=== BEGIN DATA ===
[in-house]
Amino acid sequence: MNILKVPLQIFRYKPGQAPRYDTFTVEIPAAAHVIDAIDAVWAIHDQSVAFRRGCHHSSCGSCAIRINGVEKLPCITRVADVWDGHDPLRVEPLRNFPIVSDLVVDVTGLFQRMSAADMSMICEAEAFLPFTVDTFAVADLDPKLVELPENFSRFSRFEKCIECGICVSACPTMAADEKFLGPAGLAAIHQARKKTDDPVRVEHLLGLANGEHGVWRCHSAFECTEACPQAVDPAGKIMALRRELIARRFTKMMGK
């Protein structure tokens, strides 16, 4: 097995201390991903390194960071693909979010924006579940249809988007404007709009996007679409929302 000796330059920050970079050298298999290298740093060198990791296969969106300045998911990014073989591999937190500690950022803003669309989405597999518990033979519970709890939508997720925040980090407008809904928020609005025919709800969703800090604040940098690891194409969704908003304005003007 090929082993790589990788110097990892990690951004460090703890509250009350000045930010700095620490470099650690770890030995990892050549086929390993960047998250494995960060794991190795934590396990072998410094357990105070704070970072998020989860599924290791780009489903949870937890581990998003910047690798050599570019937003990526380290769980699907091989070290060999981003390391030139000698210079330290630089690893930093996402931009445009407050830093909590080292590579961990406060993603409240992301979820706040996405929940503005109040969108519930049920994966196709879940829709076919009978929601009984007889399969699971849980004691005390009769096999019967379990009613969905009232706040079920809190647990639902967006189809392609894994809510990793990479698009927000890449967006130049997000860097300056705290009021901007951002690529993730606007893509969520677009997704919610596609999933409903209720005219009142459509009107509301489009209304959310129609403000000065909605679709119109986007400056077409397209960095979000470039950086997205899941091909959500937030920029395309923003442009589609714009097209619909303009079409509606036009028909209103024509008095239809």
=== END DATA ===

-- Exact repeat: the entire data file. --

[in-house]
Amino acid sequence: MNILKVPLQIFRYKPGQAPRYDTFTVEIPAAAHVIDAIDAVWAIHDQSVAFRRGCHHSSCGSCAIRINGVEKLPCITRVADVWDGHDPLRVEPLRNFPIVSDLVVDVTGLFQRMSAADMSMICEAEAFLPFTVDTFAVADLDPKLVELPENFSRFSRFEKCIECGICVSACPTMAADEKFLGPAGLAAIHQARKKTDDPVRVEHLLGLANGEHGVWRCHSAFECTEACPQAVDPAGKIMALRRELIARRFTKMMGK
């Protein structure tokens, strides 16, 4: 097995201390991903390194960071693909979010924006579940249809988007404007709009996007679409929302 000796330059920050970079050298298999290298740093060198990791296969969106300045998911990014073989591999937190500690950022803003669309989405597999518990033979519970709890939508997720925040980090407008809904928020609005025919709800969703800090604040940098690891194409969704908003304005003007 090929082993790589990788110097990892990690951004460090703890509250009350000045930010700095620490470099650690770890030995990892050549086929390993960047998250494995960060794991190795934590396990072998410094357990105070704070970072998020989860599924290791780009489903949870937890581990998003910047690798050599570019937003990526380290769980699907091989070290060999981003390391030139000698210079330290630089690893930093996402931009445009407050830093909590080292590579961990406060993603409240992301979820706040996405929940503005109040969108519930049920994966196709879940829709076919009978929601009984007889399969699971849980004691005390009769096999019967379990009613969905009232706040079920809190647990639902967006189809392609894994809510990793990479698009927000890449967006130049997000860097300056705290009021901007951002690529993730606007893509969520677009997704919610596609999933409903209720005219009142459509009107509301489009209304959310129609403000000065909605679709119109986007400056077409397209960095979000470039950086997205899941091909959500937030920029395309923003442009589609714009097209619909303009079409509606036009028909209103024509008095239809």